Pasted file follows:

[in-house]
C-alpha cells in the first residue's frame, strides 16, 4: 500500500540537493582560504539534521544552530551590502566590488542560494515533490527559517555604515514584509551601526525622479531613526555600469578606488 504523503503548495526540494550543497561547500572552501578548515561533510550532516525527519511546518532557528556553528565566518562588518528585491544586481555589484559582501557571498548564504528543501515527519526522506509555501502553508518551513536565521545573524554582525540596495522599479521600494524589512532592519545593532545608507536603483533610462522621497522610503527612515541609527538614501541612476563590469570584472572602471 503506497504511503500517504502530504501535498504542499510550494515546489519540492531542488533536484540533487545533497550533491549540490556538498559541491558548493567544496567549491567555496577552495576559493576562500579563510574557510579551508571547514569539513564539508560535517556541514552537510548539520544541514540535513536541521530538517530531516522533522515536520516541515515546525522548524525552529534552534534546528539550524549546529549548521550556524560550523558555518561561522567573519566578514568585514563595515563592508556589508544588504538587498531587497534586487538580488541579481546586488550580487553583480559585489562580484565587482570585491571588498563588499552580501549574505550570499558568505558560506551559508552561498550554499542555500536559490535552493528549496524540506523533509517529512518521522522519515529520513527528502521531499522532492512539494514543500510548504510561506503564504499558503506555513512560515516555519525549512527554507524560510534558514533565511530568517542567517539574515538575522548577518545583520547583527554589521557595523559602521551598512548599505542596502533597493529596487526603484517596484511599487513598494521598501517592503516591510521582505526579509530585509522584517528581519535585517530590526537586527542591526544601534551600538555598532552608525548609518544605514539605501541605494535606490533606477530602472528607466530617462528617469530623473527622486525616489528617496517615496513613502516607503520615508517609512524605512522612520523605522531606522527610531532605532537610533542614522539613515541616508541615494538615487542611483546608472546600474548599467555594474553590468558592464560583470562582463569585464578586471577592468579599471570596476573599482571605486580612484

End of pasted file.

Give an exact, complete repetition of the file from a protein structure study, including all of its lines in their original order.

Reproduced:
[in-house]
C-alpha cells in the first residue's frame, strides 16, 4: 500500500540537493582560504539534521544552530551590502566590488542560494515533490527559517555604515514584509551601526525622479531613526555600469578606488 504523503503548495526540494550543497561547500572552501578548515561533510550532516525527519511546518532557528556553528565566518562588518528585491544586481555589484559582501557571498548564504528543501515527519526522506509555501502553508518551513536565521545573524554582525540596495522599479521600494524589512532592519545593532545608507536603483533610462522621497522610503527612515541609527538614501541612476563590469570584472572602471 503506497504511503500517504502530504501535498504542499510550494515546489519540492531542488533536484540533487545533497550533491549540490556538498559541491558548493567544496567549491567555496577552495576559493576562500579563510574557510579551508571547514569539513564539508560535517556541514552537510548539520544541514540535513536541521530538517530531516522533522515536520516541515515546525522548524525552529534552534534546528539550524549546529549548521550556524560550523558555518561561522567573519566578514568585514563595515563592508556589508544588504538587498531587497534586487538580488541579481546586488550580487553583480559585489562580484565587482570585491571588498563588499552580501549574505550570499558568505558560506551559508552561498550554499542555500536559490535552493528549496524540506523533509517529512518521522522519515529520513527528502521531499522532492512539494514543500510548504510561506503564504499558503506555513512560515516555519525549512527554507524560510534558514533565511530568517542567517539574515538575522548577518545583520547583527554589521557595523559602521551598512548599505542596502533597493529596487526603484517596484511599487513598494521598501517592503516591510521582505526579509530585509522584517528581519535585517530590526537586527542591526544601534551600538555598532552608525548609518544605514539605501541605494535606490533606477530602472528607466530617462528617469530623473527622486525616489528617496517615496513613502516607503520615508517609512524605512522612520523605522531606522527610531532605532537610533542614522539613515541616508541615494538615487542611483546608472546600474548599467555594474553590468558592464560583470562582463569585464578586471577592468579599471570596476573599482571605486580612484